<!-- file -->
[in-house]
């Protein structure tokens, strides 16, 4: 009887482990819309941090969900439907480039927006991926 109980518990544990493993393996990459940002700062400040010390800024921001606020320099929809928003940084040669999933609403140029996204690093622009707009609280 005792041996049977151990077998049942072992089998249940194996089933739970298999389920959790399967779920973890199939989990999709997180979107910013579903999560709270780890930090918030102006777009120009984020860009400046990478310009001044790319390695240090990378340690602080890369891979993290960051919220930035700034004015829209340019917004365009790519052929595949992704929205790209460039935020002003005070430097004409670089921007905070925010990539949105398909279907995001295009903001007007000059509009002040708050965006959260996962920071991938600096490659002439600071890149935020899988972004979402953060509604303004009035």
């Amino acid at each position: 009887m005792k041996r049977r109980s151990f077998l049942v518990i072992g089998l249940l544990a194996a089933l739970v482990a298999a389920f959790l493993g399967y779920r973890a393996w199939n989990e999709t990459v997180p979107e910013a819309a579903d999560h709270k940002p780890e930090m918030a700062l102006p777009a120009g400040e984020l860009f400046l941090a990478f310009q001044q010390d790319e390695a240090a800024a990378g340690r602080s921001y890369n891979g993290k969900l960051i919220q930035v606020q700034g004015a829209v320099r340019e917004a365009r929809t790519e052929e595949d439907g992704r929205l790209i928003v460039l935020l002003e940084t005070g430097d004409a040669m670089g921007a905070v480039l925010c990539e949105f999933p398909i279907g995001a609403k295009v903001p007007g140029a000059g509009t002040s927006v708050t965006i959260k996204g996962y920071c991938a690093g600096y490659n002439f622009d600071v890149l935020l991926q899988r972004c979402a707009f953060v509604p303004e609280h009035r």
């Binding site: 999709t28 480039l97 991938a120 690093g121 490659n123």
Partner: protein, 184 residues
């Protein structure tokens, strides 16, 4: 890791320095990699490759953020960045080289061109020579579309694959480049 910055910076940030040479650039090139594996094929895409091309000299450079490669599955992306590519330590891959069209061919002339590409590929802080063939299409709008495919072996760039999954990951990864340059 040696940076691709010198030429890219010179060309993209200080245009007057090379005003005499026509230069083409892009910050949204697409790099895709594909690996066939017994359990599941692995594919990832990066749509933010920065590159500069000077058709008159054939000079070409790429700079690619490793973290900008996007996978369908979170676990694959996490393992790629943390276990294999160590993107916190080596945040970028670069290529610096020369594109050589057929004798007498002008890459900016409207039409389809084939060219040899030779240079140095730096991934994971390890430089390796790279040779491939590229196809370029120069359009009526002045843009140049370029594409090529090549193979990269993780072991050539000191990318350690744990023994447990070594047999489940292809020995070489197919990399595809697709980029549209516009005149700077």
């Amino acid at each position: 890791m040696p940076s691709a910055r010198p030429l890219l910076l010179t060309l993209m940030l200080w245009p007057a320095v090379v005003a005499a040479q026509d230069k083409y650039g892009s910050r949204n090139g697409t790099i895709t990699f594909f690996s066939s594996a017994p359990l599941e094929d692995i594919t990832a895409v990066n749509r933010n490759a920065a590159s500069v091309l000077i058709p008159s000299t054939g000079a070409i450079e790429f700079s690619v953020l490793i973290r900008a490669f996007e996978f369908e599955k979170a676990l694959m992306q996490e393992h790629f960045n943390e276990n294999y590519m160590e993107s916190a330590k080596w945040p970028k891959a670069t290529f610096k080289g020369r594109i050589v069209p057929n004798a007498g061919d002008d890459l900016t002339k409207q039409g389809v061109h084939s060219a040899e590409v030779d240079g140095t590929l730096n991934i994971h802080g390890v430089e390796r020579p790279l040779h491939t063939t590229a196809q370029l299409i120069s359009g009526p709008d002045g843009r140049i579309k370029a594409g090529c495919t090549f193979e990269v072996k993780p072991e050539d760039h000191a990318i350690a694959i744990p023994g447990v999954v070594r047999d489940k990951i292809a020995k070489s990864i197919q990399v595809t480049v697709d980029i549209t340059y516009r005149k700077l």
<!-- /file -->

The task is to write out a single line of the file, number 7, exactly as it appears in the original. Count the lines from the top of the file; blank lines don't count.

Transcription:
């Amino acid at each position: 890791m040696p940076s691709a910055r010198p030429l890219l910076l010179t060309l993209m940030l200080w245009p007057a320095v090379v005003a005499a040479q026509d230069k083409y650039g892009s910050r949204n090139g697409t790099i895709t990699f594909f690996s066939s594996a017994p359990l599941e094929d692995i594919t990832a895409v990066n749509r933010n490759a920065a590159s500069v091309l000077i058709p008159s000299t054939g000079a070409i450079e790429f700079s690619v953020l490793i973290r900008a490669f996007e996978f369908e599955k979170a676990l694959m992306q996490e393992h790629f960045n943390e276990n294999y590519m160590e993107s916190a330590k080596w945040p970028k891959a670069t290529f610096k080289g020369r594109i050589v069209p057929n004798a007498g061919d002008d890459l900016t002339k409207q039409g389809v061109h084939s060219a040899e590409v030779d240079g140095t590929l730096n991934i994971h802080g390890v430089e390796r020579p790279l040779h491939t063939t590229a196809q370029l299409i120069s359009g009526p709008d002045g843009r140049i579309k370029a594409g090529c495919t090549f193979e990269v072996k993780p072991e050539d760039h000191a990318i350690a694959i744990p023994g447990v999954v070594r047999d489940k990951i292809a020995k070489s990864i197919q990399v595809t480049v697709d980029i549209t340059y516009r005149k700077l």